With its iconic 35-foot firepower and enduring 360-degree views of Montreal, Vermont, and the high peaks, this climb is 3,830 feet - the highest point on the Adirondack Coast. If you’re a beginner, this is the hike to work towards. A fun fact: Lyon Mountain is technically taller than some of the traditional peaks, not all of which -- plot twist -- actually reach their claimed elevation of 4,000 feet or higher. There’s a spring at the top of Lyon Mountain, known to make parts of the rugged and narrow climb on the older trails a bit muddy, so be sure to dress accordingly.

Views from the top of Lyon Mountain.

What to know:

Health & Safety

  • As you plan your getaway, familiarize yourself with NY State Land Camping and Hiking Rules. As in all of our statewide public lands, friendly hikers follow “Leave No Trace” guidelines, meaning what goes in must come out. And remember: touching or building cairns is a no, no. Adhering to this framework helps keep the land safe and beautiful for its inhabitants and other visitors. You can learn more about this regional initiative here.
  • Enthusiasts like Phillip Werner from sectionhiker.com recommend hikers drink one liter for every 2 hours on the trail. A water bottle works just fine,but if you’re feeling particularly fancy, you can upgrade to a water bladder(sometimes called a reservoir), which will minimize frequent water breaks,helping to increase endurance. On a less competitive note, these are also helpful to have around for kids (or klutzy adults… guilty). You know, to avoid spilling the precious water supply.
  • Bug spray, or your trusted essential oils brew, should always be on hand when hiking during warmer months. If you’re planning to hike in a more populated spot, you’ll find insect repellent is a must.
  • This one is a given for all outdoor adventures, but often what we forget first! Bring along your sun protection - sunscreen, sunglasses,hat, etc.

Clothes & Gear

  • You’ll want to tuck all the above-mentioned items away in a handy backpack. Opt for one with a side pocket -- this way you have easy access to your water.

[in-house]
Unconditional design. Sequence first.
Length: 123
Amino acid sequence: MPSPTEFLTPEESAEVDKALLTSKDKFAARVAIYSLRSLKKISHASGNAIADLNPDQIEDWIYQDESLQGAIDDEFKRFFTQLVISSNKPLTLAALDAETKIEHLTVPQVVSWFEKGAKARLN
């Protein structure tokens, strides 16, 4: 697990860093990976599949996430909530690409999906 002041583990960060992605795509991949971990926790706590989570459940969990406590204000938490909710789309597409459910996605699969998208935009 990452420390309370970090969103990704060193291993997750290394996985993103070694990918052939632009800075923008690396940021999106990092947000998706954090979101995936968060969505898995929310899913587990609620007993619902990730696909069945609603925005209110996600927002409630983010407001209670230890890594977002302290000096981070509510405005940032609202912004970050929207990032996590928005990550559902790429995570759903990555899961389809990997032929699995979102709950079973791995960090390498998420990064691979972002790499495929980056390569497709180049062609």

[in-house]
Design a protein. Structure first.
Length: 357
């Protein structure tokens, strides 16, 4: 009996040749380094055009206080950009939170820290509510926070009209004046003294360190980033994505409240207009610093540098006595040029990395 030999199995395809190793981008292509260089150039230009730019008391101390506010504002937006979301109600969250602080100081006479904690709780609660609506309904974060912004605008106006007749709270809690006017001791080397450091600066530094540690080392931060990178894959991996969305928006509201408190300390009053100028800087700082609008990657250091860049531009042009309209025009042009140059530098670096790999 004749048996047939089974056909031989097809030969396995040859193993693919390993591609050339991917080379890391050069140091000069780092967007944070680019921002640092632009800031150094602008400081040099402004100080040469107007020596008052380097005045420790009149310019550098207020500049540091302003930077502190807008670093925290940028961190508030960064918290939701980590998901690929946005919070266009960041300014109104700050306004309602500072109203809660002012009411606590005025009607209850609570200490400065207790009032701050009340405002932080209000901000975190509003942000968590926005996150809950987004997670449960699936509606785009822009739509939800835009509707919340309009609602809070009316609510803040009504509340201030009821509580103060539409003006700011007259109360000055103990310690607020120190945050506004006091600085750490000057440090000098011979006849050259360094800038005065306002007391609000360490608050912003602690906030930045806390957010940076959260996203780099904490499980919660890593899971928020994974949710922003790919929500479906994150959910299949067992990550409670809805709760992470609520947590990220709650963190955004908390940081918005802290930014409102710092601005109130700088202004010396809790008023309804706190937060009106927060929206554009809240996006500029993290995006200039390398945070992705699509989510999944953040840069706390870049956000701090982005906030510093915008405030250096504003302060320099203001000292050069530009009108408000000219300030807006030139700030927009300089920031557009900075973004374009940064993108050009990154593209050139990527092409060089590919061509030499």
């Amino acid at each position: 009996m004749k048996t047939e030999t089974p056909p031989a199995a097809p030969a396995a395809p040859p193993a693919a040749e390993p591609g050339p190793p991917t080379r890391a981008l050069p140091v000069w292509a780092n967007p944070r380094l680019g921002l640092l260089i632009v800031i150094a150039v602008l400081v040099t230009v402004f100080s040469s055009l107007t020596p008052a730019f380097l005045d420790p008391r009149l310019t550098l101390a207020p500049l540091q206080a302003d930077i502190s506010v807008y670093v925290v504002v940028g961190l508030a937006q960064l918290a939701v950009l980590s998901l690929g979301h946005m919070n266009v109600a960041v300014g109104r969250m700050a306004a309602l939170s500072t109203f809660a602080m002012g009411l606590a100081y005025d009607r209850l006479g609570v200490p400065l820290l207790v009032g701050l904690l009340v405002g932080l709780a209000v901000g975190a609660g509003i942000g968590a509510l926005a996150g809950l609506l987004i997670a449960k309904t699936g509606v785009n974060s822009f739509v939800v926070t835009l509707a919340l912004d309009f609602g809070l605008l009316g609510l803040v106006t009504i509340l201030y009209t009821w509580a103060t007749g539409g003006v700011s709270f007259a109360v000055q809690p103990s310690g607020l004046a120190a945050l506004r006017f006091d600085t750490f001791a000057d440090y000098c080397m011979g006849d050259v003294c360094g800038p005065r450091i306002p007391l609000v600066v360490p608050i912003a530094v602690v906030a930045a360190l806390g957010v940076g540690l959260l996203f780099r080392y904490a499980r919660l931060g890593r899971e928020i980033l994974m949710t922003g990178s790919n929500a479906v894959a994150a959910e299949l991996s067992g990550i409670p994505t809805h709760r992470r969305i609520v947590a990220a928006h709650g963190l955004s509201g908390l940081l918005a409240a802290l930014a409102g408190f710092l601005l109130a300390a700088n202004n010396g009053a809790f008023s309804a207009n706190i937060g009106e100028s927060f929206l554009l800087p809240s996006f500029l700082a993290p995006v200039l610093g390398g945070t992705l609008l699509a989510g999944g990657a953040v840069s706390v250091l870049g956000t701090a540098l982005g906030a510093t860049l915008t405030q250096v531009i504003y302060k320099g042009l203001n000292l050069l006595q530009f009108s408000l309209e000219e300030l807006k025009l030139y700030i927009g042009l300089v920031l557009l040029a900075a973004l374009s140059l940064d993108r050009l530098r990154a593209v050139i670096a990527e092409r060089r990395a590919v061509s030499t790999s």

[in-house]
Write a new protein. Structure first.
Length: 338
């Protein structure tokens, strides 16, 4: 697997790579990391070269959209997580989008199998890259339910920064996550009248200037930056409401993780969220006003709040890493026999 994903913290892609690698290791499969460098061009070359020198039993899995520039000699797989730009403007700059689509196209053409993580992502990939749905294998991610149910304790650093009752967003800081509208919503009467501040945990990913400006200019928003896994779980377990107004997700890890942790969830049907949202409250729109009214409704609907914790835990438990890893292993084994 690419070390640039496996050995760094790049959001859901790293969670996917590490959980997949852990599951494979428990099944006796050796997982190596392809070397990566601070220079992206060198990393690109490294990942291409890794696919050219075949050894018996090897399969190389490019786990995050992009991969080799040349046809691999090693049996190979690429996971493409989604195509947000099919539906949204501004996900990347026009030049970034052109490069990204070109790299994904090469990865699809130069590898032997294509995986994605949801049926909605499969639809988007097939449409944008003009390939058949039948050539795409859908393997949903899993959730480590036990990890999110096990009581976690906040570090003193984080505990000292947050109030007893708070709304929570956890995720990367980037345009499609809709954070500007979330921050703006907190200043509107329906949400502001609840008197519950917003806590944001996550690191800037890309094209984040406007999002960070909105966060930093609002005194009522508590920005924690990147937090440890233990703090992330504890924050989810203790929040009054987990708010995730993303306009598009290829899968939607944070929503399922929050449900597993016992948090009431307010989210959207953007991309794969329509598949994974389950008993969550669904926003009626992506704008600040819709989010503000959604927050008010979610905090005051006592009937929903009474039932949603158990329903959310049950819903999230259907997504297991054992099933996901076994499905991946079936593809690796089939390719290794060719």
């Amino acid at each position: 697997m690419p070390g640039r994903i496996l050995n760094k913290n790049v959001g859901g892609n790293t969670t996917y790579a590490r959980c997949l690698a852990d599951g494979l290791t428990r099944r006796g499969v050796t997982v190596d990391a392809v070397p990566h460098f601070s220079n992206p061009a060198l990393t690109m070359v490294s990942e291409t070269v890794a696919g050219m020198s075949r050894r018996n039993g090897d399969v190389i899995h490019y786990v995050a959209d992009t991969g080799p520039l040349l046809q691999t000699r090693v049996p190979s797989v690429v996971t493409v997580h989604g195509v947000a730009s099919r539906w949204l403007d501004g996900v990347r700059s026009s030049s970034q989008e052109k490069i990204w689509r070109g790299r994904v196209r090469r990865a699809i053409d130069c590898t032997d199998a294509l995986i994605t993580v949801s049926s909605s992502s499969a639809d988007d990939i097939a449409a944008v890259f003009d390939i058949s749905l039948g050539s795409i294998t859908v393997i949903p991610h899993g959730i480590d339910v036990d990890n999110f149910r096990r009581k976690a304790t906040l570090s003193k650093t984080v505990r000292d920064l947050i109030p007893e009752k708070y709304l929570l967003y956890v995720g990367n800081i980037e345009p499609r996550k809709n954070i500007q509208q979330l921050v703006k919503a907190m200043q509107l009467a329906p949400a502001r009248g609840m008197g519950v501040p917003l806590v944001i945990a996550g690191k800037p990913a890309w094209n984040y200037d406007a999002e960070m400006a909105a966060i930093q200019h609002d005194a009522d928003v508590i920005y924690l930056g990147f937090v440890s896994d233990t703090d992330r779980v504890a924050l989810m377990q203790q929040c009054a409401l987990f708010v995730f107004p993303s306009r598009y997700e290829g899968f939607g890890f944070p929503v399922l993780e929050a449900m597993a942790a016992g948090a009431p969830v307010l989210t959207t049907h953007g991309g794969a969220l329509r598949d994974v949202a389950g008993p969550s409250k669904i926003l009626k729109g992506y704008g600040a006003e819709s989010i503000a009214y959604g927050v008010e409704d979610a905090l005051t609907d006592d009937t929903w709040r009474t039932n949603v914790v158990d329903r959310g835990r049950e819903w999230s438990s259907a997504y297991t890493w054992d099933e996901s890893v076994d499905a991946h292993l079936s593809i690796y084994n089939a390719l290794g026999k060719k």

• Like in most Adirondack Coast adventures, a comfy pair of sneakers will carry you through a day hike. If you’re one of those uber-committed folks who went for the water bladder, you might also be into hiking shoes. Whatever footwear you choose, hikers across the board should guard against blisters. Some hikers argue that cotton socks are worse than no socks. Try wool instead of cotton for a more moisture-resistant option.
  • Rock layers to help you adjust to the weather,especially in spring and fall, when it’s a little less predictable and buggy.If it happens to be mosquito season, tuck those pants into your socks! For warmer months, when you know you’re likely to break a sweat, give moisture-resistant athletic tops and bottoms a try.

So, who’s ready for an intense climb? Or a leisurely stroll? Whatever path or pace you choose, enjoy the journey - and be on the lookout for the next adventure. It’s never too far off. Book your ADK Coast hiking getaway today!

Alina Walentowicz

Alina Walentowicz is "The Write Stuff", an award-winning writer and content creator ready to bring your web presence to the next level. A storyteller at heart, Alina combines a range of writing tools and collaborative experiences to help small businesses embrace their growth potential online. With a B.A. in English Writing Arts and Literature from SUNY Plattsburgh (2015) and 4+ years of experience in blogging and digital content creation, she provides writing, editing, and visual content services including blogs, web pages, social media posts, and more. When she's not clicking away at her keyboard, she's living life (and so should you!). Some of her favorite things to do on the Adirondack Coast include: catching a show at The Strand Theatre, overindulging in Wing Night at Monopole, and challenging herself just enough each summer on a few friendly hikes and paddles with pretty spectacular views. Know a good story that needs telling online? Hit her up at alinawalentowicz@gmail.com.